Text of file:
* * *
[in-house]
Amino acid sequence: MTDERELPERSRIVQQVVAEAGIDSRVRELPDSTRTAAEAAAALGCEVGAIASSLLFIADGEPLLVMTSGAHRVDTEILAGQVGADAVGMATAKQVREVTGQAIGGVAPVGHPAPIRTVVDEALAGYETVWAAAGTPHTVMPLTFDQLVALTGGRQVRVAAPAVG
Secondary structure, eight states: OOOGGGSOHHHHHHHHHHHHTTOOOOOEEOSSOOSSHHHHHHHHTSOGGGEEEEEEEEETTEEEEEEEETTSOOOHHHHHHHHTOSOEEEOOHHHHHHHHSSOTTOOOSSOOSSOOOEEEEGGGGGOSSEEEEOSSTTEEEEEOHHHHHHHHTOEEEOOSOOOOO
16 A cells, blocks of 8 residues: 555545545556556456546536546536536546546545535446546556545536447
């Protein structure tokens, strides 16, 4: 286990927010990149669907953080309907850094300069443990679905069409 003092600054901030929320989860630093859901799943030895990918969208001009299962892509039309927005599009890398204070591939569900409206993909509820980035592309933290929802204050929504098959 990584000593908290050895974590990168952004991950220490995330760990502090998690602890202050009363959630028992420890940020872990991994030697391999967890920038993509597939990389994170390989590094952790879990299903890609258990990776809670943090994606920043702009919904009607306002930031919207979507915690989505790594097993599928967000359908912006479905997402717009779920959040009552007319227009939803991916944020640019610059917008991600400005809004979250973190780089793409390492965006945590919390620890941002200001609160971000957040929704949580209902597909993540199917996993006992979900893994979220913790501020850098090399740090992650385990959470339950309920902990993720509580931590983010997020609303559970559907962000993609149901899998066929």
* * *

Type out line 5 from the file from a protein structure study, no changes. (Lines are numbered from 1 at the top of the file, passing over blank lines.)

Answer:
């Protein structure tokens, strides 16, 4: 286990927010990149669907953080309907850094300069443990679905069409 003092600054901030929320989860630093859901799943030895990918969208001009299962892509039309927005599009890398204070591939569900409206993909509820980035592309933290929802204050929504098959 990584000593908290050895974590990168952004991950220490995330760990502090998690602890202050009363959630028992420890940020872990991994030697391999967890920038993509597939990389994170390989590094952790879990299903890609258990990776809670943090994606920043702009919904009607306002930031919207979507915690989505790594097993599928967000359908912006479905997402717009779920959040009552007319227009939803991916944020640019610059917008991600400005809004979250973190780089793409390492965006945590919390620890941002200001609160971000957040929704949580209902597909993540199917996993006992979900893994979220913790501020850098090399740090992650385990959470339950309920902990993720509580931590983010997020609303559970559907962000993609149901899998066929």